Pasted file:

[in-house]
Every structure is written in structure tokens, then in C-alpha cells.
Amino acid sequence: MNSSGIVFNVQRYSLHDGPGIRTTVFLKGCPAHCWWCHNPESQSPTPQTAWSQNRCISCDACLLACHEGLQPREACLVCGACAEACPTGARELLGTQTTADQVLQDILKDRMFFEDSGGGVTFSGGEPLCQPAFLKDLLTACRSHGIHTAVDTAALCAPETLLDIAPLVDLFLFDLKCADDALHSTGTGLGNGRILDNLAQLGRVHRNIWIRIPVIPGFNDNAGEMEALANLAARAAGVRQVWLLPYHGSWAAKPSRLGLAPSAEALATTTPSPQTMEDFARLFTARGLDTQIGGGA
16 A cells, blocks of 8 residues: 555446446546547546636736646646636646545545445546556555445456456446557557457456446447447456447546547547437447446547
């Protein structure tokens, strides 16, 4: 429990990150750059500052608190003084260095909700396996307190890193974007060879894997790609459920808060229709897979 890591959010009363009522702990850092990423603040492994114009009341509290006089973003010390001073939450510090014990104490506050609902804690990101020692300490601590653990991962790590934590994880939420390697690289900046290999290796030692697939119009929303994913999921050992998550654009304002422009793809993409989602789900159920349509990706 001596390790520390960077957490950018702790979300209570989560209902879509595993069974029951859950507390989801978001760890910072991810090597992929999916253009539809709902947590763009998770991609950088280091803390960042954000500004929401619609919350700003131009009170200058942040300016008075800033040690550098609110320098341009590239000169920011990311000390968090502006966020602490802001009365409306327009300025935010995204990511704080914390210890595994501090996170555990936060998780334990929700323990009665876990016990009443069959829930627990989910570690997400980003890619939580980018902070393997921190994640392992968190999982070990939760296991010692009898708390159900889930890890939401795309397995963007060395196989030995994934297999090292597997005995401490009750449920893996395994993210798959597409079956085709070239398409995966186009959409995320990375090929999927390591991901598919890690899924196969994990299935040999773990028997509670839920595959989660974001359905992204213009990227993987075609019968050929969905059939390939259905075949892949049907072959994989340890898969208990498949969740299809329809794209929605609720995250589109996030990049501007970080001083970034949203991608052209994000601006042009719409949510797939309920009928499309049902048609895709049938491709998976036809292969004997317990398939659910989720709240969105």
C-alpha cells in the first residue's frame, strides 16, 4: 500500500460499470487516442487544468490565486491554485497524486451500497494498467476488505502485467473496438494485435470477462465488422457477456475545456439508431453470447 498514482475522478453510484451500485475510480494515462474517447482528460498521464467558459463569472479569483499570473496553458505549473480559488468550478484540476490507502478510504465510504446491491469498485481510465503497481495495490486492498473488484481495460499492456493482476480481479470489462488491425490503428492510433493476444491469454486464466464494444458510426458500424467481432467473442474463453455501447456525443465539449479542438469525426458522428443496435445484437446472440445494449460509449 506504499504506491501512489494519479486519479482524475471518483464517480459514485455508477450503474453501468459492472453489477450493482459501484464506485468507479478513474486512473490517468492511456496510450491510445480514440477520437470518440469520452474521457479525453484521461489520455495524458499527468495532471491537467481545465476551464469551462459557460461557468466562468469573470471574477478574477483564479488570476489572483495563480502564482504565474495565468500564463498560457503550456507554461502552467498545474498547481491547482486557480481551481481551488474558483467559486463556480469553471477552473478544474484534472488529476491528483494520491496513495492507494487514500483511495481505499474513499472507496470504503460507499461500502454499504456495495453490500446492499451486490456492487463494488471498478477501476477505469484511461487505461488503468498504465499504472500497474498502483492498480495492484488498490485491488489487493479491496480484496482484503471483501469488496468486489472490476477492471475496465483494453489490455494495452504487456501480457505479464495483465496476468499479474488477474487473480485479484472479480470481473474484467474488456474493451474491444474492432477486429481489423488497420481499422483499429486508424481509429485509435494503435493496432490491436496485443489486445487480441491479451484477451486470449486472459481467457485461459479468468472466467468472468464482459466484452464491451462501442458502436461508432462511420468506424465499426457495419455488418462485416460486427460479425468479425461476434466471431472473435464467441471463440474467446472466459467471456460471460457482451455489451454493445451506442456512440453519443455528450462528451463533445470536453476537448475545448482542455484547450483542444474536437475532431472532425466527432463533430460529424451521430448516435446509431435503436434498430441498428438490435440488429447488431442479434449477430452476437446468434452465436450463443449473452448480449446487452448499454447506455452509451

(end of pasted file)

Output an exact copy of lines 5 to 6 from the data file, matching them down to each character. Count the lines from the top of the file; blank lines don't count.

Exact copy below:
């Protein structure tokens, strides 16, 4: 429990990150750059500052608190003084260095909700396996307190890193974007060879894997790609459920808060229709897979 890591959010009363009522702990850092990423603040492994114009009341509290006089973003010390001073939450510090014990104490506050609902804690990101020692300490601590653990991962790590934590994880939420390697690289900046290999290796030692697939119009929303994913999921050992998550654009304002422009793809993409989602789900159920349509990706 001596390790520390960077957490950018702790979300209570989560209902879509595993069974029951859950507390989801978001760890910072991810090597992929999916253009539809709902947590763009998770991609950088280091803390960042954000500004929401619609919350700003131009009170200058942040300016008075800033040690550098609110320098341009590239000169920011990311000390968090502006966020602490802001009365409306327009300025935010995204990511704080914390210890595994501090996170555990936060998780334990929700323990009665876990016990009443069959829930627990989910570690997400980003890619939580980018902070393997921190994640392992968190999982070990939760296991010692009898708390159900889930890890939401795309397995963007060395196989030995994934297999090292597997005995401490009750449920893996395994993210798959597409079956085709070239398409995966186009959409995320990375090929999927390591991901598919890690899924196969994990299935040999773990028997509670839920595959989660974001359905992204213009990227993987075609019968050929969905059939390939259905075949892949049907072959994989340890898969208990498949969740299809329809794209929605609720995250589109996030990049501007970080001083970034949203991608052209994000601006042009719409949510797939309920009928499309049902048609895709049938491709998976036809292969004997317990398939659910989720709240969105």
C-alpha cells in the first residue's frame, strides 16, 4: 500500500460499470487516442487544468490565486491554485497524486451500497494498467476488505502485467473496438494485435470477462465488422457477456475545456439508431453470447 498514482475522478453510484451500485475510480494515462474517447482528460498521464467558459463569472479569483499570473496553458505549473480559488468550478484540476490507502478510504465510504446491491469498485481510465503497481495495490486492498473488484481495460499492456493482476480481479470489462488491425490503428492510433493476444491469454486464466464494444458510426458500424467481432467473442474463453455501447456525443465539449479542438469525426458522428443496435445484437446472440445494449460509449 506504499504506491501512489494519479486519479482524475471518483464517480459514485455508477450503474453501468459492472453489477450493482459501484464506485468507479478513474486512473490517468492511456496510450491510445480514440477520437470518440469520452474521457479525453484521461489520455495524458499527468495532471491537467481545465476551464469551462459557460461557468466562468469573470471574477478574477483564479488570476489572483495563480502564482504565474495565468500564463498560457503550456507554461502552467498545474498547481491547482486557480481551481481551488474558483467559486463556480469553471477552473478544474484534472488529476491528483494520491496513495492507494487514500483511495481505499474513499472507496470504503460507499461500502454499504456495495453490500446492499451486490456492487463494488471498478477501476477505469484511461487505461488503468498504465499504472500497474498502483492498480495492484488498490485491488489487493479491496480484496482484503471483501469488496468486489472490476477492471475496465483494453489490455494495452504487456501480457505479464495483465496476468499479474488477474487473480485479484472479480470481473474484467474488456474493451474491444474492432477486429481489423488497420481499422483499429486508424481509429485509435494503435493496432490491436496485443489486445487480441491479451484477451486470449486472459481467457485461459479468468472466467468472468464482459466484452464491451462501442458502436461508432462511420468506424465499426457495419455488418462485416460486427460479425468479425461476434466471431472473435464467441471463440474467446472466459467471456460471460457482451455489451454493445451506442456512440453519443455528450462528451463533445470536453476537448475545448482542455484547450483542444474536437475532431472532425466527432463533430460529424451521430448516435446509431435503436434498430441498428438490435440488429447488431442479434449477430452476437446468434452465436450463443449473452448480449446487452448499454447506455452509451